Buffalo, NY – Mayor Byron W. Brown today announced the City of Buffalo is ranked 17th on the fourth annual New American Economy (NEA) Cities Index, a national assessment of local integration policies and socioeconomic outcomes in the largest 100 cities.
“The City of Buffalo’s leap from 38th in the 2020 index to 17th in this year’s NEA Cities Index reflects my Administration’s efforts as a welcoming city that embraces immigrants and refugees, works to help them feel at home in Buffalo, and assists them find a personal and professional path to success,” Mayor Brown said.
The NAE Cities Index uses 59 separate metrics to assess how immigrants compare to their native-born counterparts economically, civically, socially, and politically. In light of the important role cities are playing in the COVID-19 response and recovery effort, this year’s Index also includes a new section on Inclusive Emergency Management, developed through a multi-city research effort.
The City of Buffalo ranks as one of the top most improved cities in this year’s Index, jumping 21 places to 17th in the nation. The City received the highest possible score in nearly every policy category – Government Leadership, Economic Empowerment, Inclusivity, Community, and Emergency Management – and received distinction for impressive socioeconomic scores in Livability (4/5), and Civic Participation (4/5).
“The 2020 Census, which saw Buffalo’s population grow by 17,000, the first population increase in 70 years, quantified what I had been predicting. We could tell based on the movement of new Americans in our city, and our strategic efforts to be a welcoming city, to reach out to new Americans, to invite people of different backgrounds to come to our city, that that strategy was working,” Mayor Brown said.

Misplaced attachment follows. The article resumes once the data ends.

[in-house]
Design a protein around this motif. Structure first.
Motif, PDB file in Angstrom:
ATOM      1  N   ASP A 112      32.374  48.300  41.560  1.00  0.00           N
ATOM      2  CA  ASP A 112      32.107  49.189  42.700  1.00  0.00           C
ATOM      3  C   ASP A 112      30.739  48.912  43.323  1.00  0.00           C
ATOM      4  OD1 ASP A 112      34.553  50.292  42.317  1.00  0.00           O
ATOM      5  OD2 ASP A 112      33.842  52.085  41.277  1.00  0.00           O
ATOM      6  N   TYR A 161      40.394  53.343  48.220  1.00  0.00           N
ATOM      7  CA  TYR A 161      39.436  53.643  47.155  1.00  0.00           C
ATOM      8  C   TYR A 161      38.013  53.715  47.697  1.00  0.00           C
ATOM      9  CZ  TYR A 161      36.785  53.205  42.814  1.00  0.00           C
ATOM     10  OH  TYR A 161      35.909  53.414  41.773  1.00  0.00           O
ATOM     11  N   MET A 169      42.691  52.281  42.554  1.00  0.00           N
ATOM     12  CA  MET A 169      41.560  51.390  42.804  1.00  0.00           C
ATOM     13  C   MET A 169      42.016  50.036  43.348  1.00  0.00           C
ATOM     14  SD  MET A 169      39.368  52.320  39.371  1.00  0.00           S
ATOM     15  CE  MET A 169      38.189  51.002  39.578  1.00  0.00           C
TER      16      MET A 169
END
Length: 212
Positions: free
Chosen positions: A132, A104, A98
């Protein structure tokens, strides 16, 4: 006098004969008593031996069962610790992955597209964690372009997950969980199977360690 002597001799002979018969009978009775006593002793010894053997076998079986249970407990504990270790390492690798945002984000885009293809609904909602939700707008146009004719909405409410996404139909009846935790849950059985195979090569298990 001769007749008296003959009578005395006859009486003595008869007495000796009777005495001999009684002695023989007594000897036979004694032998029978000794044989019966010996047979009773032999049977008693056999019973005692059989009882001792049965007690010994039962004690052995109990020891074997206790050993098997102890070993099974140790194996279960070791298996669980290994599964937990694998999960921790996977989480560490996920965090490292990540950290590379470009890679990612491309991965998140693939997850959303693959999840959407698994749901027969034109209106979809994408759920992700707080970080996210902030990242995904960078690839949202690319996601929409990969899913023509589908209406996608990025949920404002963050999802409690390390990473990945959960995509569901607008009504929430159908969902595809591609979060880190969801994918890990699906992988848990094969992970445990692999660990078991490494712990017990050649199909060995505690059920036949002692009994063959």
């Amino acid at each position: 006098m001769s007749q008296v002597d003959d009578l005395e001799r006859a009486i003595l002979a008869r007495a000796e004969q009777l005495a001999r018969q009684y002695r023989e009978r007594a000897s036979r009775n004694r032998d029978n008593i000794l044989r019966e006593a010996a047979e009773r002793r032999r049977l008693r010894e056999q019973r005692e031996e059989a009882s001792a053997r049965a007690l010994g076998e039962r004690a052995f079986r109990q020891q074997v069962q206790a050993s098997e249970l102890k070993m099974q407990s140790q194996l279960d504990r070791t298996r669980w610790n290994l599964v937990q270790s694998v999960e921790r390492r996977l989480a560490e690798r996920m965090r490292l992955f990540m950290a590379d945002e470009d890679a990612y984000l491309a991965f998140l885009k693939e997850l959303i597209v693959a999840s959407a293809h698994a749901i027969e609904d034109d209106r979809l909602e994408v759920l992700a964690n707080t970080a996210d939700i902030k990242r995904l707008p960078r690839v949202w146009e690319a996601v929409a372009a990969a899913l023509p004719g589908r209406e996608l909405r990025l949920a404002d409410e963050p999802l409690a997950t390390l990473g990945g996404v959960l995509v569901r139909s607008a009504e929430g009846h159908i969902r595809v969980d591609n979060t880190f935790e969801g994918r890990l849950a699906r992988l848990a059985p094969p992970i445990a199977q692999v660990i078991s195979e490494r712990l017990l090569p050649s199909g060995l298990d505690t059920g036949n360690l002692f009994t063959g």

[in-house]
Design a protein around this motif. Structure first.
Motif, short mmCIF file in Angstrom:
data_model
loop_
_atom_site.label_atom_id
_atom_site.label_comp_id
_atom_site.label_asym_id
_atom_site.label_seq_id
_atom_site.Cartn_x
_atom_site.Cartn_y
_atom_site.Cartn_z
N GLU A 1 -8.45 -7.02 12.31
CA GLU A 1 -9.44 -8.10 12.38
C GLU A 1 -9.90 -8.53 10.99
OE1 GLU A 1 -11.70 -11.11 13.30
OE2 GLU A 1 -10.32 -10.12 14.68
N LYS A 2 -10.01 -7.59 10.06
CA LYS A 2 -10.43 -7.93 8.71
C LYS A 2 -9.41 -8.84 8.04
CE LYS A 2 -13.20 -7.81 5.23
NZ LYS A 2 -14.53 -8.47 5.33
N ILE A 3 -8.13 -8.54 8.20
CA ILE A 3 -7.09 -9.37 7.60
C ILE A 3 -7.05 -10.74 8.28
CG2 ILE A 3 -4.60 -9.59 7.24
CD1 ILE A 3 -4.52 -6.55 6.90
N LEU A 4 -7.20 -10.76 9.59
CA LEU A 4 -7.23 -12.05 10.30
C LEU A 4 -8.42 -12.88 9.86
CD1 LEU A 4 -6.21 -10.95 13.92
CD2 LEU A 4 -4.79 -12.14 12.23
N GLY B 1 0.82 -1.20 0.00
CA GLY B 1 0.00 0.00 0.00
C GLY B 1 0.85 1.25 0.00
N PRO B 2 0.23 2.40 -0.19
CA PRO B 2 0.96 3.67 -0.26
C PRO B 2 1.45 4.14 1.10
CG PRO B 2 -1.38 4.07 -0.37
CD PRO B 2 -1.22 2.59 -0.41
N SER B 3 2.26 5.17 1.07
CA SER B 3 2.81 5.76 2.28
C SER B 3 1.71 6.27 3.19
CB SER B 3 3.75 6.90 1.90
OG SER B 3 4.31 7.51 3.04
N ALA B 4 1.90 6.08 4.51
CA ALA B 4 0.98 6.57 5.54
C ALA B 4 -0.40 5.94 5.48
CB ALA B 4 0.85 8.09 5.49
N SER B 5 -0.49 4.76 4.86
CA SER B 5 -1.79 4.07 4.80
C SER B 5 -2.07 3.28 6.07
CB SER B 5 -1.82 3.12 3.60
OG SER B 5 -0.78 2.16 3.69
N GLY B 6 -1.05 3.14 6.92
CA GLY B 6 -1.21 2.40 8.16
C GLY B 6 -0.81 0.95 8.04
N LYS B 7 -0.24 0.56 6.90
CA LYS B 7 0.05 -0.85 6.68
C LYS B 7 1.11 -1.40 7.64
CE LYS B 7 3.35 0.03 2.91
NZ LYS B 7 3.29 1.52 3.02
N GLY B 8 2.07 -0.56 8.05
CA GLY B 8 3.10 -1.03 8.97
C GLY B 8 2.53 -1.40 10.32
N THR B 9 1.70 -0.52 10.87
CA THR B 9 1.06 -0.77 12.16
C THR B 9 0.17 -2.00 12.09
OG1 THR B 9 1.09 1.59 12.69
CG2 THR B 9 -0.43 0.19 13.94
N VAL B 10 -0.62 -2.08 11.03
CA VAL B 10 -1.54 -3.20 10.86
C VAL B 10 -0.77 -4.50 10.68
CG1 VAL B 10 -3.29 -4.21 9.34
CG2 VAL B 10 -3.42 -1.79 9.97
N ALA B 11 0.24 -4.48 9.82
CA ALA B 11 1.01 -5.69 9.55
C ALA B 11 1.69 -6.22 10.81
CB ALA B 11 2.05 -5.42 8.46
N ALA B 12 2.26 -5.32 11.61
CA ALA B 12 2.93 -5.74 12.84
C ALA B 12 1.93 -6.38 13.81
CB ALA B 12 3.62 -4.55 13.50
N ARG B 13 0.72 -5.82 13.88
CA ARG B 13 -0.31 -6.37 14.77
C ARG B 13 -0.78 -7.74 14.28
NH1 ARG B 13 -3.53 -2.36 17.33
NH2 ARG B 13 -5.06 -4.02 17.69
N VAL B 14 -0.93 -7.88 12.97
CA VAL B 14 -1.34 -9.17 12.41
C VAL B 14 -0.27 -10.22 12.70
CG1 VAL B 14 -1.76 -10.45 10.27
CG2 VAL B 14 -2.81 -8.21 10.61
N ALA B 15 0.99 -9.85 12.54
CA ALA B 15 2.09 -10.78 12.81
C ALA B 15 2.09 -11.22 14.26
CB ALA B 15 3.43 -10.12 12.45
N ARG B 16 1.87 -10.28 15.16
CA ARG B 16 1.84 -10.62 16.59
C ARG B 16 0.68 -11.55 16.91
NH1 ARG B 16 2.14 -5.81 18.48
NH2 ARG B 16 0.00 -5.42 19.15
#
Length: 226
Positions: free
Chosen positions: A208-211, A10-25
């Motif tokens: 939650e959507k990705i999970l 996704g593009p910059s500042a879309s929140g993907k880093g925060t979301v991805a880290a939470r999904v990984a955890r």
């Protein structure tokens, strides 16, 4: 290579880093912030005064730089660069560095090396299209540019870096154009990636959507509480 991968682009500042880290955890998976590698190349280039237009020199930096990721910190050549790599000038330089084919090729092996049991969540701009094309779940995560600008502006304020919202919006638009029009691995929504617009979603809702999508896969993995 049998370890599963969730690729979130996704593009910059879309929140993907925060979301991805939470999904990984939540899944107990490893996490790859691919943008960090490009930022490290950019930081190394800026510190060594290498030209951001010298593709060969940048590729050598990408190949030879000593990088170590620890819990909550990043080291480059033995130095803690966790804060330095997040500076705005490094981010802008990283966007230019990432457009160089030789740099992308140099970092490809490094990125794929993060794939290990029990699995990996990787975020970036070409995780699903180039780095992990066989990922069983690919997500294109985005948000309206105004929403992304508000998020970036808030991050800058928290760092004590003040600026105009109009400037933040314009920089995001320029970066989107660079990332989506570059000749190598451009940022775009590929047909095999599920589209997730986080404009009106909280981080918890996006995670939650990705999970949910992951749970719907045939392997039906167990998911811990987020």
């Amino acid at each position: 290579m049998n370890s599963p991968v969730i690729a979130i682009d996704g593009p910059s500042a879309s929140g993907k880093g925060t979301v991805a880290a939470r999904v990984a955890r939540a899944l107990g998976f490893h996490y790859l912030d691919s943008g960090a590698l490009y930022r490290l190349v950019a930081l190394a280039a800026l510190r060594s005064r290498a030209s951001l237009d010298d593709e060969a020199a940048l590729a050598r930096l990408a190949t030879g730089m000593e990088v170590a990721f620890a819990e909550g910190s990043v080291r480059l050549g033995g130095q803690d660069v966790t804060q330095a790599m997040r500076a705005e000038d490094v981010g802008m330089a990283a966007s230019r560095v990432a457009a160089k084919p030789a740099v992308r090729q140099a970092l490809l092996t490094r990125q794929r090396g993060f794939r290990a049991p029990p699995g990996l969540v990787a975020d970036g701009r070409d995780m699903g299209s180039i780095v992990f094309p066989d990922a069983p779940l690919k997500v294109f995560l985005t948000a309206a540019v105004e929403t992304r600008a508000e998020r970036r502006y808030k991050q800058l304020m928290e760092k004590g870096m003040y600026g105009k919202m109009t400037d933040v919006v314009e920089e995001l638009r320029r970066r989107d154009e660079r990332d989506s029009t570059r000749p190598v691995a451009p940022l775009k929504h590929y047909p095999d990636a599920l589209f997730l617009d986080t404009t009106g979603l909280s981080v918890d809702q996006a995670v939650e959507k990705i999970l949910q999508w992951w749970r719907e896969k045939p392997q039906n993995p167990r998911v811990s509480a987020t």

Mayor Brown cited his creation of the Office of New Americans, and his Administration’s continuing efforts to make Buffalo a diverse, inclusive place where no one is left out and no one is left behind, as key drivers of immigrants and refugees now calling Buffalo home.
Data from the NAE Index found:
The Buffalo Police Athletic League’s ‘PAL Jr. NBA youth basketball program will start Saturday, November 6 and run through Saturday, December 18.
“Buffalo PAL is pleased to once again offer The Jr. NBA to returning youth as well as new boys and girls who can enjoy participating in this fantastic basketball program. Jr. NBA is an important sports enrichment program that helps youth improve as athletes and develops their skills as basketball players. It also helps foster positive interactions that take place with young athletes and their coaches, mentors, and peers,” said PAL Executive Director Nekia Kemp.
The jr. NBA sessions will be held at the City’s Hennepin Community Center, 24 Ludington St. Sessions for girls, ages 8-10, will run from noon -1 p.m. Sessions for boys, ages 11-13, will take place from 1 p.m. – 2 p.m.
Pre-registration is required. To register visit: www.surveymonkey.com/r/PALJRNBA2021 The Jr. NBA program is the official youth basketball participation program of the NBA.
Its goal is to develop a lifelong passion for the game of basketball in boys and girls ages 8-13 by teaching them the fundamentals of the sport while instilling core values including teamwork, respect and sportsmanship.
The program encourages and supports youth basketball participation at the grassroots level and improve the overall youth basketball experience for all participants.
Buffalo Police Athletic League’s popular PlayStreets sessions will take place on Tuesday, November 2, and Thursday, November 4, from 4:30 p.m. to 6:30 p.m., the Lincoln Community Center, 10 Quincy St.
All sessions are weather permitting. In addition to free fitness gear, participants will receive a healthy snack and bottled water.
PlayStreets is sponsored by Independent Health and supported by the Ralph C. Wilson, Jr. Foundation, in partnership with City of Buffalo Block Clubs. Youth who have not previously participated in PlayStreets events are asked to register at: buffalopal.com.
The dome of Buffalo City Hall and BuffaloLIT partners will be glowing in orange tonight, Monday, November 1 to mark Color the World Orange Day. The national observance, which is observed annually on the first Monday of November, is dedicated to bringing awareness to Complex Regional Pain Syndrome (CRPS) and Reflex Sympathetic Dystrophy (RSD).
CRPS and RSD involve high levels of nerve impulses sent to an affected site in the body. Medical experts believe the condition is a result of a dysfunction in the central or peripheral nervous system. Symptoms vary in severity and usually occur more in women than men. Pain can be intense or worsen over time.
There is no specific test or cure for CRPS. Treatment focuses on pain relief, physical therapy, and psychotherapy.